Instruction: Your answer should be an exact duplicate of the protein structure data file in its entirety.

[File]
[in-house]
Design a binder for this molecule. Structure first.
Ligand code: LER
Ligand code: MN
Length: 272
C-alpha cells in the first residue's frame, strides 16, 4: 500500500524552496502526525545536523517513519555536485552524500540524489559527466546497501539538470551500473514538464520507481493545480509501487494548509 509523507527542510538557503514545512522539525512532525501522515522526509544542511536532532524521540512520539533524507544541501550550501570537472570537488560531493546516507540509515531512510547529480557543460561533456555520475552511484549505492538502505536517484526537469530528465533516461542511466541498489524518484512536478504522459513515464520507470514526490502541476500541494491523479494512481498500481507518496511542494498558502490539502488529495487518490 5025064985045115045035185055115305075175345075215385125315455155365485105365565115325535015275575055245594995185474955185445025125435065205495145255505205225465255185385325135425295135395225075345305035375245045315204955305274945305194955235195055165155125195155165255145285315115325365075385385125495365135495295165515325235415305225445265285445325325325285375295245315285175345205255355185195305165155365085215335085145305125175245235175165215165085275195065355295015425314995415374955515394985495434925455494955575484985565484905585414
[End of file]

[in-house]
Design a binder for this molecule. Structure first.
Ligand code: LER
Ligand code: MN
Length: 272
C-alpha cells in the first residue's frame, strides 16, 4: 500500500524552496502526525545536523517513519555536485552524500540524489559527466546497501539538470551500473514538464520507481493545480509501487494548509 509523507527542510538557503514545512522539525512532525501522515522526509544542511536532532524521540512520539533524507544541501550550501570537472570537488560531493546516507540509515531512510547529480557543460561533456555520475552511484549505492538502505536517484526537469530528465533516461542511466541498489524518484512536478504522459513515464520507470514526490502541476500541494491523479494512481498500481507518496511542494498558502490539502488529495487518490 5025064985045115045035185055115305075175345075215385125315455155365485105365565115325535015275575055245594995185474955185445025125435065205495145255505205225465255185385325135425295135395225075345305035375245045315204955305274945305194955235195055165155125195155165255145285315115325365075385385125495365135495295165515325235415305225445265285445325325325285375295245315285175345205255355185195305165155365085215335085145305125175245235175165215165085275195065355295015425314995415374955515394985495434925455494955575484985565484905585414